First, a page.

The growing industry on cannabis has been reshaping the world economy and paradigm surrounding the plant for quite some time now, but could this market help prices of the cannabis plant plunge in the near future?

There is no doubt that lower marijuana prices seem to be a good thing for companies and patients alike, but the scale of this price floor might be surprising to some. Cannabis is currently being cultivated around the U.S. in great numbers such as greenhouses throughout California, Oregon and beyond ranging from upwards of 250,000 sq. ft. These grow houses can produce more than 50,000 pounds of dried flower individually, which means that the amount of cannabis being produced right now is more than ever. Although this number may seem like a lot, countries around the world are growing as well, especially throughout Europe and Canada.

In the U.S., a cultivation license is widely considered to be the holy grail of the industry, as the process to get one is extremely competitive and consuming. Pennsylvania last year, granted only 13 licenses in a state with over 13 million individuals, showing a large amount of competition for these licenses. This is not just a domestic issue as some companies abroad have invested millions into companies for the sole purpose of them having one of these licenses. New York is another example, granting only ten permits for growing in a state of nearly 20 million people. The competition in the space has remained high, especially in places like Florida, where one licensed cultivation/dispensary sold for $40 million before any revenue had been collected by the company.

The issue is that these large companies are working to produce as much flower as they can in the short term. Because these plans are mostly short-term, once the licensing catches up to some extent with the high amount of demand, these companies will no longer hold the only place in the business of cannabis, possibly leaving supply at a higher spot than the demand. This can result in prices dropping drastically, which might not be bad for the market after all. In Colorado from the period of 2013 to around the 1st of April, prices of cannabis dropped from around $3,500 per pound to almost $1,000. Large companies have been fighting to see who can lower prices the most, but this has resulted in a large amount of smaller companies going out of business.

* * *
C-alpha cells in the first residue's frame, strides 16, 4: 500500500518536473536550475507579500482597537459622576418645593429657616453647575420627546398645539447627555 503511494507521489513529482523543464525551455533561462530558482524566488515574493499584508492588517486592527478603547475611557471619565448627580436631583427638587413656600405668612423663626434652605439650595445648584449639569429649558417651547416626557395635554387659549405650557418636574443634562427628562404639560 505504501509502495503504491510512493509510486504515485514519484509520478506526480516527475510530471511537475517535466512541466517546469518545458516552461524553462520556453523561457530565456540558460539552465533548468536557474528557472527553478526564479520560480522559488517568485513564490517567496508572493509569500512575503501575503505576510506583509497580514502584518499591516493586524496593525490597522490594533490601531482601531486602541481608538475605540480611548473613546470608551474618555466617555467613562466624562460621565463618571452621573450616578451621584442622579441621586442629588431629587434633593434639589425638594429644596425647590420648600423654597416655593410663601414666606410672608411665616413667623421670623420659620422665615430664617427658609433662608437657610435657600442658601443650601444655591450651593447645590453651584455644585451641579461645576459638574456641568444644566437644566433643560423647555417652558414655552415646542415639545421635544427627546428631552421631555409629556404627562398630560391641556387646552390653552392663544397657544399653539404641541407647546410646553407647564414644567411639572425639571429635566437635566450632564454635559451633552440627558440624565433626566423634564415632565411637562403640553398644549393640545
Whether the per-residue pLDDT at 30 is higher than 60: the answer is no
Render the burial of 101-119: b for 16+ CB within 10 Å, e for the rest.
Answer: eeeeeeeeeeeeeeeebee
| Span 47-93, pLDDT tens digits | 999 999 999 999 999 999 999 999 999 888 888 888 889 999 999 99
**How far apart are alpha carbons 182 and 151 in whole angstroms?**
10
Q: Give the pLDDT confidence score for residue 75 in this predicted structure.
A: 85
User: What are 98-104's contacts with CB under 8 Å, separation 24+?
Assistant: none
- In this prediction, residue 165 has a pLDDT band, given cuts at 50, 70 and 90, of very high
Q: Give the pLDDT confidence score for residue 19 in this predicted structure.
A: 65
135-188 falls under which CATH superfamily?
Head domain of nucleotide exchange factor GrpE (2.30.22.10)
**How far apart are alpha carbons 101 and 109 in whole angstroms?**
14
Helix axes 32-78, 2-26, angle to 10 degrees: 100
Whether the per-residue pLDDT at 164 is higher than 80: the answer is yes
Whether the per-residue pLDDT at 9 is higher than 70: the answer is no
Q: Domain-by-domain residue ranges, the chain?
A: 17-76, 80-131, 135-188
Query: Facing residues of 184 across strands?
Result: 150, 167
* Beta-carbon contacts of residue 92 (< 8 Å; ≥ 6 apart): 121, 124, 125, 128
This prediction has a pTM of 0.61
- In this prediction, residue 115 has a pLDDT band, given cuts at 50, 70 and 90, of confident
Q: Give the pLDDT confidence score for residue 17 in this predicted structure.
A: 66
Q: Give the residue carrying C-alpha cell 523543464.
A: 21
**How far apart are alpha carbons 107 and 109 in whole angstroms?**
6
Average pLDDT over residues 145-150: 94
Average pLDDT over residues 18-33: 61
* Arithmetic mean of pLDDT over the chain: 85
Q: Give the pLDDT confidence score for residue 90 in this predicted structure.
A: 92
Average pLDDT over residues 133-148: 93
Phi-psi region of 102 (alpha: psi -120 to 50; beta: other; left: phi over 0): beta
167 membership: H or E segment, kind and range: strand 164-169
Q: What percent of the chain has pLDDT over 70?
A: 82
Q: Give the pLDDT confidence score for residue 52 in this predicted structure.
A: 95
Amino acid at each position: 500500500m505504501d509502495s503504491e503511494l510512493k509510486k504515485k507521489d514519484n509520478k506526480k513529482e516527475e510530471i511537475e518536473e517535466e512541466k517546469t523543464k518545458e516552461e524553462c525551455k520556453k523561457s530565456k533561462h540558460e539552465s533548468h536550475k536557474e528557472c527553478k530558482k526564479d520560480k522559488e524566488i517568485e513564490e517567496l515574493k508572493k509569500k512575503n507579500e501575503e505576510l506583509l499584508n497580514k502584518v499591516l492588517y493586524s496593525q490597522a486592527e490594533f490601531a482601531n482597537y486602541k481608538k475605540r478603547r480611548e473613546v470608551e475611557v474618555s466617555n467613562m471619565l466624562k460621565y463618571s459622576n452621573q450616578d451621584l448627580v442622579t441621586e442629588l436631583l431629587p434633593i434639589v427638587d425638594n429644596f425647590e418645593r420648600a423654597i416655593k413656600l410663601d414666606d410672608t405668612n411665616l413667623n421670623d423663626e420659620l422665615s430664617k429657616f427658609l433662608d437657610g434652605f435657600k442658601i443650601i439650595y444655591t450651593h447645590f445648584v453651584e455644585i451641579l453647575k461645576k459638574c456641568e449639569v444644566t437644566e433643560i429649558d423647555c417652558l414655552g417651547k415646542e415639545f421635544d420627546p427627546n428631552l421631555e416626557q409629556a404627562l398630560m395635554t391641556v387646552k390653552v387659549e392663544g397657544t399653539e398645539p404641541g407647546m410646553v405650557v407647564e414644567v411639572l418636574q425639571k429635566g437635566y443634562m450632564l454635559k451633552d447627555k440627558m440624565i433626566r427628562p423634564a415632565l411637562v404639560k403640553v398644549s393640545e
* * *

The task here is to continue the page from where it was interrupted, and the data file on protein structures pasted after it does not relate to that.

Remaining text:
The trend that we are seeing currently in the cannabis space will likely come to an end as issues with legality and legislation begin to overturn. One of the largest issues remains the legal standing of the plant in the U.S. Because of cannabis Schedule I standing, it is extremely difficult and confusing to deal with cannabis in domestically. Once these issues are able to subside, the hopes are that the whole of the industry and the ancillary business associate with it, will begin to have an easier time running their companies. Once this happens, many expect that the large-scale businesses will be able to fully take over the growing aspect of the industry, leaving freedom for smaller businesses to get in on an individual level like any other market.

The cannabis market is still very much in its infant stages, but growth in the sector is happening at a very fast pace. As the market is able to mature, the hopes are high that individuals will continue to flock to the space, helping to build the industry and continue with the high rate of investments into new businesses and ideas.

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